BetterLawNotes-5 (2)


A term implied in fact is one which the parties themselves must have intended to incorporate into their contract.

To begin, note that the court is generally wary of implying a term in fact. “The general presumption is that the parties have expressed every material term which they intended should govern their agreement, whether oral or in writing”. Similarly, Viscount Simonds warned that the process is “one against the abuse of which the courts must keep constant guard”.

On what basis does the court decide that a term should be implied in fact? A good starting point is the test propounded by Lord Wright:

‘it is well recognised that there may be cases where obviously some term must be implied if the intention of the parties is not to be defeated, some term of which it can be predicated that ‘it goes without saying,’ some term not expressed but necessary to give to the transaction such business efficacy as the parties must have intended’.

One Test or Two?

Despite numerous authoritative dicta to the contrary the current view appears to be that it is preferable to break down the single test illustrated above into two separate tests.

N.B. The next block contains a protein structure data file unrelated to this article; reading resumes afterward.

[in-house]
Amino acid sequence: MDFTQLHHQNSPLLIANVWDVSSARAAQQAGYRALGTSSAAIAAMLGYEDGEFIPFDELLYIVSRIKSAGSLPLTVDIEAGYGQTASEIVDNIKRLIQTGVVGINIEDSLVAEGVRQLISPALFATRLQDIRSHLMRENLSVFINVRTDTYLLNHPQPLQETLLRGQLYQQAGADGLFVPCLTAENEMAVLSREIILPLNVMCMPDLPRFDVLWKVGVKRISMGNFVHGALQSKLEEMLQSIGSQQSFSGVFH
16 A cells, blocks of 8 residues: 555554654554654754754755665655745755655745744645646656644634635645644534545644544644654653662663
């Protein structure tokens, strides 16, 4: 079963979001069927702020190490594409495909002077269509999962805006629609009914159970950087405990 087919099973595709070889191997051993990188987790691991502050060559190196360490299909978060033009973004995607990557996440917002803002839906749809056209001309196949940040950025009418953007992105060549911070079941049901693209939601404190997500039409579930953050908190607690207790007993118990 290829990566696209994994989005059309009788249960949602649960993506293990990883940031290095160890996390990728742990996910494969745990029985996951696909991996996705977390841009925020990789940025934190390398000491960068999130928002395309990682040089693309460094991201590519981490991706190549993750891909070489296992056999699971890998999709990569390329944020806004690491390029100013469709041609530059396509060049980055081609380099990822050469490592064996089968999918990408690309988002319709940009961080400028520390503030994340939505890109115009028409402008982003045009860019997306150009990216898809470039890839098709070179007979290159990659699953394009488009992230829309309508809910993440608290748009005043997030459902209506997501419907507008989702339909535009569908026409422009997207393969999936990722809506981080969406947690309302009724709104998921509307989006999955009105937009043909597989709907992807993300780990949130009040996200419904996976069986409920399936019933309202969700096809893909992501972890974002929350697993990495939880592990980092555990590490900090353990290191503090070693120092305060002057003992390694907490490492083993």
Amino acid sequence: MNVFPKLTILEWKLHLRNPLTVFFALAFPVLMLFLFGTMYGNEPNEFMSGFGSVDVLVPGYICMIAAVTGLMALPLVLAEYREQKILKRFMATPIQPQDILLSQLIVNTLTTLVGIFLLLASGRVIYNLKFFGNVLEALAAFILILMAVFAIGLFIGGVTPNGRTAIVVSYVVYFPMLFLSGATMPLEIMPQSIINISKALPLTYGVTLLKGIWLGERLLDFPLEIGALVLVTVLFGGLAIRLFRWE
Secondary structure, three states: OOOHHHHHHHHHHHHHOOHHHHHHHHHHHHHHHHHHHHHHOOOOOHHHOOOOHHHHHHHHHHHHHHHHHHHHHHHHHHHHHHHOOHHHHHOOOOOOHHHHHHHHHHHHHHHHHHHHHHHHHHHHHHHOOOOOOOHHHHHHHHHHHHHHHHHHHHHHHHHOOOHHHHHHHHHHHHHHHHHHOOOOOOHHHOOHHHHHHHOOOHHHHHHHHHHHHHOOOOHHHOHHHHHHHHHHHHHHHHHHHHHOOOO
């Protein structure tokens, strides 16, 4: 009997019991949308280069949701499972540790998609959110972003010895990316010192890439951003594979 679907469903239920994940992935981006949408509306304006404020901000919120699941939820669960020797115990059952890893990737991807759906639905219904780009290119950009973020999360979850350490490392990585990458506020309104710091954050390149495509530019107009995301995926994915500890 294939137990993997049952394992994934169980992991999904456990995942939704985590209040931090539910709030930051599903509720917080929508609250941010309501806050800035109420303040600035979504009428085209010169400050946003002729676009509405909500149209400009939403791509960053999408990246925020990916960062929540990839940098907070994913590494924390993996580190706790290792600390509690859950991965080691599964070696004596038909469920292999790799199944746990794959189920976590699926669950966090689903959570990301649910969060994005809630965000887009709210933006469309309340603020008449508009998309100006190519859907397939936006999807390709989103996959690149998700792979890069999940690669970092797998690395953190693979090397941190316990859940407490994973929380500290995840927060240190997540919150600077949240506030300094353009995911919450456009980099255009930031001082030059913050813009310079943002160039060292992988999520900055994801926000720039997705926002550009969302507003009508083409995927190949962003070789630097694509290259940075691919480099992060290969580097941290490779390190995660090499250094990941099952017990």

The first is the so-called ‘officious bystander’ test. This was famously formulated by Mackinnon LJ in Shirlaw v Southern Foundries [1939] 2 KB 206, 227 as follows:

‘Prima facie that which in any contract is left to be implied and need not be expressed is something so obvious that it goes without saying; so that, if while the parties were making their bargain, an officious bystander were to suggest some express provision for it in the agreement, they would testily suppress him with a common “Oh, of course!”’

The second test is the ‘business efficacy’ test set out by Bowen LJ in The Moorcock as follows:

‘the law is raising an implication from the presumed intention of the parties with the object of giving to the transaction such efficacy as both parties must have intended that at all events it should have’.

The Moorcock (1889) 14 PD 64